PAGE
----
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Electric sheep probe dream of a better lamb chop

Illustration for article titled Electric sheep probe dream of a better lamb chop

The old Blade Runner might want a real one, but a couple of replicant ringers have recently infiltrated fluffy flocks in North Wales. Don’t tell Shaun the Sheep, who has his own history as a robot fighter, but these electric ewes are all part of the quest for a better lamb chop.

Students at Bangor University are using the electric sheep to gauge how their real life counterparts respond to changes in weather. The question centers on how sheep feel if it is freezing cold or baking hot and the consequences for farm productivity. These lamb model decoys (oops, LMDs) are fitted with a battery driven heating system to simulate heat produced by a live animal.


The team are also measuring air flow and temperature around areas where trees or hedgerow provide shelter and comparing it to areas that don’t.

Phd student Pip Jones said: “We’re looking at how weather is experienced on a ‘sheep scale’ and although it’s early days I’ve been really surprised by some measurements. Sheep use a substantial amount of energy just staying warm; and lose a lot of heat when it’s cool, especially when there’s a wind chill.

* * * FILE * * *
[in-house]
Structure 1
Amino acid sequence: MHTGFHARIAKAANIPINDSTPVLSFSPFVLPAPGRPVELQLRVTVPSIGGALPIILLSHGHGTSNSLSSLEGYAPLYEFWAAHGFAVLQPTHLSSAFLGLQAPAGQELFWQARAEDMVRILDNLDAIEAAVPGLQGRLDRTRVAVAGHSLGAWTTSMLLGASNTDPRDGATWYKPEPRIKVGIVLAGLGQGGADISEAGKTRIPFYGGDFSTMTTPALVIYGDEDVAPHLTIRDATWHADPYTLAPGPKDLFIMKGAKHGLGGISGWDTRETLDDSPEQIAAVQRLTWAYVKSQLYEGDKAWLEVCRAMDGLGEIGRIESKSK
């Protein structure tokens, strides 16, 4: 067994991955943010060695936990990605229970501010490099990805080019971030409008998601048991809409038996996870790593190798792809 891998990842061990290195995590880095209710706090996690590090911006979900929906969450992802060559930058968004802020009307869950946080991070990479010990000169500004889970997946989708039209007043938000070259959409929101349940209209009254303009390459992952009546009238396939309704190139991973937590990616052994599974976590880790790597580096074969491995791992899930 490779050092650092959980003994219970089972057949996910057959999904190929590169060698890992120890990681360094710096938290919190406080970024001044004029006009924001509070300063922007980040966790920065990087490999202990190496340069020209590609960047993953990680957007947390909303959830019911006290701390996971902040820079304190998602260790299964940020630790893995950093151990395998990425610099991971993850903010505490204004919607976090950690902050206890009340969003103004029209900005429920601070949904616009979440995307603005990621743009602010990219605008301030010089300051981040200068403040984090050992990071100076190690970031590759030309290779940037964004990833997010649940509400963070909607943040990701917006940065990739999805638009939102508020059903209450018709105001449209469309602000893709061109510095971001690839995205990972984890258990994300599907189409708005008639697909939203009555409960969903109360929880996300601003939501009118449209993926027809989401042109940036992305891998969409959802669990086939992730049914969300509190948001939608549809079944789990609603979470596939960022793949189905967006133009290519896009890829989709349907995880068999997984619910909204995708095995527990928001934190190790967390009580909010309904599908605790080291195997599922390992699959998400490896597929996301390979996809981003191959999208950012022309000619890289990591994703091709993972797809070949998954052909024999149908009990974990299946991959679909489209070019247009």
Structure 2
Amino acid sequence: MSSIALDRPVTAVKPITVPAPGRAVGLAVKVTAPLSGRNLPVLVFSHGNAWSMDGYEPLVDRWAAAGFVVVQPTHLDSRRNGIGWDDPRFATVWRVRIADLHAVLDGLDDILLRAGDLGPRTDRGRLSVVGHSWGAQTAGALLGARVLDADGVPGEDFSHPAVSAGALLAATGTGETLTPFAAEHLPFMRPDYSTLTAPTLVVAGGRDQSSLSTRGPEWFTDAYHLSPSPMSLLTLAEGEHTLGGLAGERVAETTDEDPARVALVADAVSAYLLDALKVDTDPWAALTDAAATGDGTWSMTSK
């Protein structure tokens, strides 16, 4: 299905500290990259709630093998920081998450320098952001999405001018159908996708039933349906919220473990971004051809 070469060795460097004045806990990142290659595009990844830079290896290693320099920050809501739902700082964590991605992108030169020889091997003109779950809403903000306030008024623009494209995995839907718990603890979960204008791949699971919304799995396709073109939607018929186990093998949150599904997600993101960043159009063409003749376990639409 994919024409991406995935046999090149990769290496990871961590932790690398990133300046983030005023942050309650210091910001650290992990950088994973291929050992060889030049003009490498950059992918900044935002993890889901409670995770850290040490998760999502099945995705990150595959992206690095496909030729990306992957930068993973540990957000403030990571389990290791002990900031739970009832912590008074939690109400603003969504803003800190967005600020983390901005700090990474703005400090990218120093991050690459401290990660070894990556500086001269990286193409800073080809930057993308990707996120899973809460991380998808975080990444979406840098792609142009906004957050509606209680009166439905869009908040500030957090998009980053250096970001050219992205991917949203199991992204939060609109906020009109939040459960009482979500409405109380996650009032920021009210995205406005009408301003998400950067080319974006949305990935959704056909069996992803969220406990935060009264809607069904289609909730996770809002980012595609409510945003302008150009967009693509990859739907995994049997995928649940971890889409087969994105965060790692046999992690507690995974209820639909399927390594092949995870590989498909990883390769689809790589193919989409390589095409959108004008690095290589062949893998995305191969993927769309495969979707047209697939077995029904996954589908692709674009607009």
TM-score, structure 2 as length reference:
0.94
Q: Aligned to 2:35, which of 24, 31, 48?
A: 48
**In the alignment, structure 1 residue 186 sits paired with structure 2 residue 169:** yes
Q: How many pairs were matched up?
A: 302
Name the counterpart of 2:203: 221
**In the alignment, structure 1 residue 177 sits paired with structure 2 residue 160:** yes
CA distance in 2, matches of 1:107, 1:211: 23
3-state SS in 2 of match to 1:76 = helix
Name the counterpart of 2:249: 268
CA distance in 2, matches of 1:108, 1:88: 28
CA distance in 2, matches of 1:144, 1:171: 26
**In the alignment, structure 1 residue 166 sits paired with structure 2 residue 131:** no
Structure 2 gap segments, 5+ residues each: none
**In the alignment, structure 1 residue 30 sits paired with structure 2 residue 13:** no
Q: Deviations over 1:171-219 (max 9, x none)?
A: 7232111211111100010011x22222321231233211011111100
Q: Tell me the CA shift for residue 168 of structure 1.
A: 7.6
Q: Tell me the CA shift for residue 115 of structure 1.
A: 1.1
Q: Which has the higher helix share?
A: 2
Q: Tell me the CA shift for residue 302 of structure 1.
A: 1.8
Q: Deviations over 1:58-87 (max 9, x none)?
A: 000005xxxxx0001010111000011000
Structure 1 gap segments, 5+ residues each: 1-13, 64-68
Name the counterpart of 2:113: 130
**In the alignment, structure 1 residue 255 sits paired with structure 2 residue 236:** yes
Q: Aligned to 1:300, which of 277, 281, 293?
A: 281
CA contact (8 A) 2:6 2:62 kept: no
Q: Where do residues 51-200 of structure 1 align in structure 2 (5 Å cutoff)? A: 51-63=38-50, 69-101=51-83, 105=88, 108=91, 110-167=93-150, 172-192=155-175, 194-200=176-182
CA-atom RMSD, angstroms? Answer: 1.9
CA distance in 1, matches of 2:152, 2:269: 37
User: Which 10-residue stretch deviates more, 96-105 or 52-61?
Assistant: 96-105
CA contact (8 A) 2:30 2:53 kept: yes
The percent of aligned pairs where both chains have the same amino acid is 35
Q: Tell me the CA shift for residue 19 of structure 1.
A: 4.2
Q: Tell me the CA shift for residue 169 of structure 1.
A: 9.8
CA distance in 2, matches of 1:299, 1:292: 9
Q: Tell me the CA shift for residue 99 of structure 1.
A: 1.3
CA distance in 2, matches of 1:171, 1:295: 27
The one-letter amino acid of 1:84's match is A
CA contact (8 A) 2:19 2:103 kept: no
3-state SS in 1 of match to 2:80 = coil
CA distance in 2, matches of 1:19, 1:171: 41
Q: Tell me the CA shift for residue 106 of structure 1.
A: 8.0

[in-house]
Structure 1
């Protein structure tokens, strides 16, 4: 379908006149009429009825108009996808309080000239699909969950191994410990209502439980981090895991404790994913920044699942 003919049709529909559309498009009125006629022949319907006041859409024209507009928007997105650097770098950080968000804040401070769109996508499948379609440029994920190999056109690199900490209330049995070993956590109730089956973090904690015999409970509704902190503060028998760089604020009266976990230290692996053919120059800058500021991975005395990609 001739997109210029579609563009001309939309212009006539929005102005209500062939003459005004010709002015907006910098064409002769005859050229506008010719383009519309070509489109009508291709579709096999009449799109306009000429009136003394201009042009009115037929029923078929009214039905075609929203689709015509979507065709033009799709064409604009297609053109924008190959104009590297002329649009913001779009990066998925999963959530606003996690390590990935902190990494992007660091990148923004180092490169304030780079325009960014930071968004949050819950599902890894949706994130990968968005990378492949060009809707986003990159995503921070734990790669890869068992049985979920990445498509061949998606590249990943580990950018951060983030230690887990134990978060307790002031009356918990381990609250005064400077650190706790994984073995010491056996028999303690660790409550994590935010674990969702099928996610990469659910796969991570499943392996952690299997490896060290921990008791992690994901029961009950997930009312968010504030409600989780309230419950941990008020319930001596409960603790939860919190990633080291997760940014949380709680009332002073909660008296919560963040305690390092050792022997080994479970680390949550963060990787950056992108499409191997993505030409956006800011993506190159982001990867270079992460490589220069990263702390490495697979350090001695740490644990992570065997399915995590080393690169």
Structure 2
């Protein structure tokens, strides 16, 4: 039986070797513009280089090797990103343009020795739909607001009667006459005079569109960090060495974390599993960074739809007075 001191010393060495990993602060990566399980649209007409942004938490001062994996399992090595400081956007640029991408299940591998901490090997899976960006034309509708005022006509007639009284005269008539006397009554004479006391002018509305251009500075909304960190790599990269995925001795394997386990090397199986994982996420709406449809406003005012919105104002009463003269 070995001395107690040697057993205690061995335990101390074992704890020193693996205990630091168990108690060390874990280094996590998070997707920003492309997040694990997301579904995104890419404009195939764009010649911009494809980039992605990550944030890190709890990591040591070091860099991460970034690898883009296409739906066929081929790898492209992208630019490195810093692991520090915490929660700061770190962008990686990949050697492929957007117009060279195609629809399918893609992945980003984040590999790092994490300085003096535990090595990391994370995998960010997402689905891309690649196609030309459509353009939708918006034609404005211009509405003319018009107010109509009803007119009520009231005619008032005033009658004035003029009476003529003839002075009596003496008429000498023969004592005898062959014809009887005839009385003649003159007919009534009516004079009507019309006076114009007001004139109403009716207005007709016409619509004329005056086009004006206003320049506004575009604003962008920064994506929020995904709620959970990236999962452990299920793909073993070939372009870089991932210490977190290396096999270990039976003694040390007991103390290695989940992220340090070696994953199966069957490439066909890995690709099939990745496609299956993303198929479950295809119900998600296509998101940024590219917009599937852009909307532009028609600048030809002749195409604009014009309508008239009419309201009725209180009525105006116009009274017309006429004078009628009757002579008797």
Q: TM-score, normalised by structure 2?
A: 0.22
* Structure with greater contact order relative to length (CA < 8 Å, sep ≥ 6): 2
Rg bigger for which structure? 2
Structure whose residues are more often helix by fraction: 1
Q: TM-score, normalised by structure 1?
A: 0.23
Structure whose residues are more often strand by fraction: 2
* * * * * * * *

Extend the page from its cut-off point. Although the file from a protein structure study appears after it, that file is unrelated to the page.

“On a hot day when the weather was around 30C at the study site, we put a model sheep in direct sun, and the fleece recorded a temperature of 60C, which is incredibly hot. This is where the shelter of trees could really contribute, creating shade in the summer and reducing the effects of wind-chill in winter.”

Dr. Andy Smith, Senior Lecturer in Forestry at Bangor University’s School of Environment, Natural Resources & Geography adds:

“If it’s very cold a sheep burns more energy to keep warm for survival and it needs more food. Conversely if it’s too hot, animals tend to eat less and seek shade to keep cool. Both situations affect weight gain and productivity because energy that could go into growth is used to regulate metabolism instead.”


The team have already calculated the extra acreage required to feed a flock over a chilly winter.

There are some sheep who manage get up to the top of the mountain across the road in gale force winds. I wonder if the researchers can do the same? (I shouldn’t laugh, a shepherd over in Llanwrst had to swim through freezing floodwater to rescue his flock last year. It can be dangerous work looking after sheep somedays.)



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